Modified from

Interactions with Other Species

Many have adapted well to extensive agriculture and have become common in farmlands in both North America and Europe.  There, they commonly interact with cows, goats, chickens, donkeys, pigs, and other farm animals.  However, in Europe, modern farmingChukar on Rock by Bill Matson practices with the use of pesticides and herbicides have caused a steady decline in the number of chukar partridges in recent years.


Other organisms that share in this grassland habitat include coyotes, sage-grouse, and mosquitoes carrying West Nile Virus (WNV).  Therefore, chukars are occasionally hosts to WNV.  Once infected, they develop viremia which means that the virus is now present in their blood and ready for more mosquitoes to come and pick up with this virus and pass it on.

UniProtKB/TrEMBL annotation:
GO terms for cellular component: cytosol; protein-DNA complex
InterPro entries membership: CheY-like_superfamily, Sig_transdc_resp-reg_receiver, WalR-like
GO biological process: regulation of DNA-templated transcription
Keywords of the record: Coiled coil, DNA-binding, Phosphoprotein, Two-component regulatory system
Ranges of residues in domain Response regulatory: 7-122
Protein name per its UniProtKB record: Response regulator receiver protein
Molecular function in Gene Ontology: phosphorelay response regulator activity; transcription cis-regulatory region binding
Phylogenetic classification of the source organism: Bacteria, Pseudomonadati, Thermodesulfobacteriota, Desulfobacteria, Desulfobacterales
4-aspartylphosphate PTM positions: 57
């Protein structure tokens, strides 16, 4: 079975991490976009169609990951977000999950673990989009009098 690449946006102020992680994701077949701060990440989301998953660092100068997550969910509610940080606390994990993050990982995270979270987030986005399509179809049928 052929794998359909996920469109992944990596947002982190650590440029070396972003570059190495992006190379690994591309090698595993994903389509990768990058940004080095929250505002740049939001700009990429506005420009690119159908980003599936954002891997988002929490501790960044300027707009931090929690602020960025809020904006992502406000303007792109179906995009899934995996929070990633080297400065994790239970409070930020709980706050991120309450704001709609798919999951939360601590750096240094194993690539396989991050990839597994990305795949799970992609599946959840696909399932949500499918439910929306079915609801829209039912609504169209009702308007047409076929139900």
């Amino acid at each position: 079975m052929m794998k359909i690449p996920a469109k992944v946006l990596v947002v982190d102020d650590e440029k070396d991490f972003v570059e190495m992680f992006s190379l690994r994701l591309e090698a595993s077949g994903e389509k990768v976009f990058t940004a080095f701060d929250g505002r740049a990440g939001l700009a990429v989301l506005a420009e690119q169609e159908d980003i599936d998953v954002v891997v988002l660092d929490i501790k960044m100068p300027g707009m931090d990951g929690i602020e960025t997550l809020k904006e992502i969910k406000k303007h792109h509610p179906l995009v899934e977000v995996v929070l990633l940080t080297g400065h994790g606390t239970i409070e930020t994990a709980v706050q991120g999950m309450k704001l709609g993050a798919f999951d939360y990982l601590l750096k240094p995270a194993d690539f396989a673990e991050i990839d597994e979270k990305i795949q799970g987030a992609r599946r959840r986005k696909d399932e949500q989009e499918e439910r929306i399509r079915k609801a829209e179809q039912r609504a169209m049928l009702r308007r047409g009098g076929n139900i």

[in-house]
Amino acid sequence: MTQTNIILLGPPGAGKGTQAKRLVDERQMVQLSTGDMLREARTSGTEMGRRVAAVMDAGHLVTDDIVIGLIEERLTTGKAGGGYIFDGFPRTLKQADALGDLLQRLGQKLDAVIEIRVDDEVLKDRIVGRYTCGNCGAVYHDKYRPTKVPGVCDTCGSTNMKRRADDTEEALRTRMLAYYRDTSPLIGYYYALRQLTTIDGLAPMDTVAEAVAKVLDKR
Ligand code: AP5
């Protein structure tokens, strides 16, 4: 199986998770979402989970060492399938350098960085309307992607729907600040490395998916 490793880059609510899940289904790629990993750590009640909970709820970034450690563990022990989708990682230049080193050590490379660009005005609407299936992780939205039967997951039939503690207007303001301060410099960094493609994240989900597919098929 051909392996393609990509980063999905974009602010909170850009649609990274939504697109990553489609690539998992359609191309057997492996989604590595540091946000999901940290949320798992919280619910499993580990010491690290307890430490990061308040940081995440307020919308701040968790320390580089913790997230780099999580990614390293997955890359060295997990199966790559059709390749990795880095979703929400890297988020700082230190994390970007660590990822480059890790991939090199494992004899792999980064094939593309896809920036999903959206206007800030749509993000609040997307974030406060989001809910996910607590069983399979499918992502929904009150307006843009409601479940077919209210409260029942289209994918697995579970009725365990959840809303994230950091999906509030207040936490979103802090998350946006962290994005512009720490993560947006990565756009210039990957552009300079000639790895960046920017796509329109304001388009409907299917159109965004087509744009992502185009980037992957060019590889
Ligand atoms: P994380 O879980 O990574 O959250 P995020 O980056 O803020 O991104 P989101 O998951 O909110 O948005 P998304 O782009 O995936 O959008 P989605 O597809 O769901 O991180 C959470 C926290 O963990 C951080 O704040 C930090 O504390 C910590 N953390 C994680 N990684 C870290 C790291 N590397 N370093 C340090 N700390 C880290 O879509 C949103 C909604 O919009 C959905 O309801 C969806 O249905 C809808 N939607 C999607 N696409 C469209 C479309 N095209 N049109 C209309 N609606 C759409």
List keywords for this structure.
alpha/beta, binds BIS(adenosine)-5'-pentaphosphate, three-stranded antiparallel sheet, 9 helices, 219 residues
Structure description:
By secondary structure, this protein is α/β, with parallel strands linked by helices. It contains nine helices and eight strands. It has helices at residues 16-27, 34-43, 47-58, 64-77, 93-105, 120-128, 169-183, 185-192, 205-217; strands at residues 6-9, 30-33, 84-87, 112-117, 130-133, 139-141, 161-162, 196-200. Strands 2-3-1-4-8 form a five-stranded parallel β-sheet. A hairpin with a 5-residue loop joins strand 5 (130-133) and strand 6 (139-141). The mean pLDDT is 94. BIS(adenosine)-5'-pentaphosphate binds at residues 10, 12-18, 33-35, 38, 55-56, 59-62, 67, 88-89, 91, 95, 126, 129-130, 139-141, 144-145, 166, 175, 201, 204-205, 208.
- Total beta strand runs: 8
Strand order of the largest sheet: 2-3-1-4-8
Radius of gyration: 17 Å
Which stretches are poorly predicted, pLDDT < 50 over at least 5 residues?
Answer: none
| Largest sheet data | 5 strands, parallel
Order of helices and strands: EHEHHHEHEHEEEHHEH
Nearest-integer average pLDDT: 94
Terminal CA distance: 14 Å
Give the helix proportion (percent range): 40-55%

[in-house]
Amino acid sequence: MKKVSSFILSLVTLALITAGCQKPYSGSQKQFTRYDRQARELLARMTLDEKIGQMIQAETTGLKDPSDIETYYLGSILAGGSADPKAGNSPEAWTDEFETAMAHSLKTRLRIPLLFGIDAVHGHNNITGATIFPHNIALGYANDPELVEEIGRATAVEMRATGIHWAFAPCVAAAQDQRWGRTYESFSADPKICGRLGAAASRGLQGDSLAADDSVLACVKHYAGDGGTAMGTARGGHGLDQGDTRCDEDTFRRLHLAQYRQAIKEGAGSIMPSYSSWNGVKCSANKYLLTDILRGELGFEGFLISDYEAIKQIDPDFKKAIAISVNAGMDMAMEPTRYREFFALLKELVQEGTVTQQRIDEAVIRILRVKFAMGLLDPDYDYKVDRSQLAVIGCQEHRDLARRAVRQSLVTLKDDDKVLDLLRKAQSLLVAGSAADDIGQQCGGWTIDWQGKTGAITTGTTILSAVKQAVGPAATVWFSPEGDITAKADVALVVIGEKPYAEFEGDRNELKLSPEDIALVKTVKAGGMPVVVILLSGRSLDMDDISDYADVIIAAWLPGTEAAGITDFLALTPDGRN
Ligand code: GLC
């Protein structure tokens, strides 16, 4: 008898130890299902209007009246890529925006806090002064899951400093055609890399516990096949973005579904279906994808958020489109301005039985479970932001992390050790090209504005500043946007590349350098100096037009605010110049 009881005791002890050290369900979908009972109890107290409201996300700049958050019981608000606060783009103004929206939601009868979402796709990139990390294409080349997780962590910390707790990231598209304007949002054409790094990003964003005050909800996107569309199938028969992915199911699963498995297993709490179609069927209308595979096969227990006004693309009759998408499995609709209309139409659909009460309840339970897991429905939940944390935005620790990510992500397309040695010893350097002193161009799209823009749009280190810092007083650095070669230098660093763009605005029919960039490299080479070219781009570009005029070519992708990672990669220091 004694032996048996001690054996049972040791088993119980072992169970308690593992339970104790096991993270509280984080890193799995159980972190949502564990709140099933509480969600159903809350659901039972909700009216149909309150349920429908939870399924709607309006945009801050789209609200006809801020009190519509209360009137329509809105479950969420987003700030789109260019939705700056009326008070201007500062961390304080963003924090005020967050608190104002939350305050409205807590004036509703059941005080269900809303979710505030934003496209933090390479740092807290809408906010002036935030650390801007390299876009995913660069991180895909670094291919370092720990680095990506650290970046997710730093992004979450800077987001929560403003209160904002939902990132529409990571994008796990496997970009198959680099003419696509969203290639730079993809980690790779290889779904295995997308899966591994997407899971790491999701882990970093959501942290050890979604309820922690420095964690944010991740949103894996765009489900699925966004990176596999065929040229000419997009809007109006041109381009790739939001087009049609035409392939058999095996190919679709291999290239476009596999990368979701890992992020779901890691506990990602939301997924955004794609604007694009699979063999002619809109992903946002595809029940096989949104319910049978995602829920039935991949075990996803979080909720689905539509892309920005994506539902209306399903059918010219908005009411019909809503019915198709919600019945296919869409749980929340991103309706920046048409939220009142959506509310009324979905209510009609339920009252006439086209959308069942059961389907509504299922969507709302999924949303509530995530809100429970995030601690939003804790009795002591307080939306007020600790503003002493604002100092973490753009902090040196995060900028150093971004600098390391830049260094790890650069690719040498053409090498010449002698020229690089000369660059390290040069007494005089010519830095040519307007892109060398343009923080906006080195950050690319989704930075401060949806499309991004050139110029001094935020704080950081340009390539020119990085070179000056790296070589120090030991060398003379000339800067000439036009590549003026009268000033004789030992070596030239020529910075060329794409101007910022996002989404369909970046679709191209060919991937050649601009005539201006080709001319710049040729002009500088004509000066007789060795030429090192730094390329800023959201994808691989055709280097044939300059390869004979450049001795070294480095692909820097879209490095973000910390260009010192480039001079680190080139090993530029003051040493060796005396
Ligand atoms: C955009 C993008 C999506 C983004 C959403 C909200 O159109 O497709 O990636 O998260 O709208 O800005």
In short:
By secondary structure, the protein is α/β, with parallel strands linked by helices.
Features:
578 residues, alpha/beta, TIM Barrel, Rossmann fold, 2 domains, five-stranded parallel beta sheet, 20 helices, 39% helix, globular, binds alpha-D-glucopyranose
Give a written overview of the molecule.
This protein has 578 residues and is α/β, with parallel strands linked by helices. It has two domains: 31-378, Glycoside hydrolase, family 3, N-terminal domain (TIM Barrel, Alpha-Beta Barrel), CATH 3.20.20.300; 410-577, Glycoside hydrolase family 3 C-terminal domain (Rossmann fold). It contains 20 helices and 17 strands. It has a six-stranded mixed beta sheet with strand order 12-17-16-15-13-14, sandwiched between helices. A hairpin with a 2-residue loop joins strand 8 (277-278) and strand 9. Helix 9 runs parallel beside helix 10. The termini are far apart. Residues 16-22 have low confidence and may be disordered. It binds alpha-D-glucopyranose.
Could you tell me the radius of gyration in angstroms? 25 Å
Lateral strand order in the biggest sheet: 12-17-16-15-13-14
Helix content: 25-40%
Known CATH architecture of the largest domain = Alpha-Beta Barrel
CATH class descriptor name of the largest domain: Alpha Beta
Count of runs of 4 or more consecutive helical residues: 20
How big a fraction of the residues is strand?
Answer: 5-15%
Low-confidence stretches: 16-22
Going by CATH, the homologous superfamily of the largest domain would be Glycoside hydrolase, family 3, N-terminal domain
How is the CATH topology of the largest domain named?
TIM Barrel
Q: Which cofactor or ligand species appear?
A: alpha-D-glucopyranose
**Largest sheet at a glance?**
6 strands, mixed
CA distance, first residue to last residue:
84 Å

When it comes to chukars in the food chain, they aren’t highly sought after by many predatory animals.  Though they may be chosen for a meal here and there by a fox, they aren’t the first choice.  These predators find other, more appealing animals as their main food source.


The only consistent predators they have are humans.  When the chukar was originally introduced in California in 1932, it was meant for hunting.  Their quality meat yields close to sixteen ounces of the best all-white meat on the market.  Hunters call them the most “sporty” and a difficult high ground game bird to bag.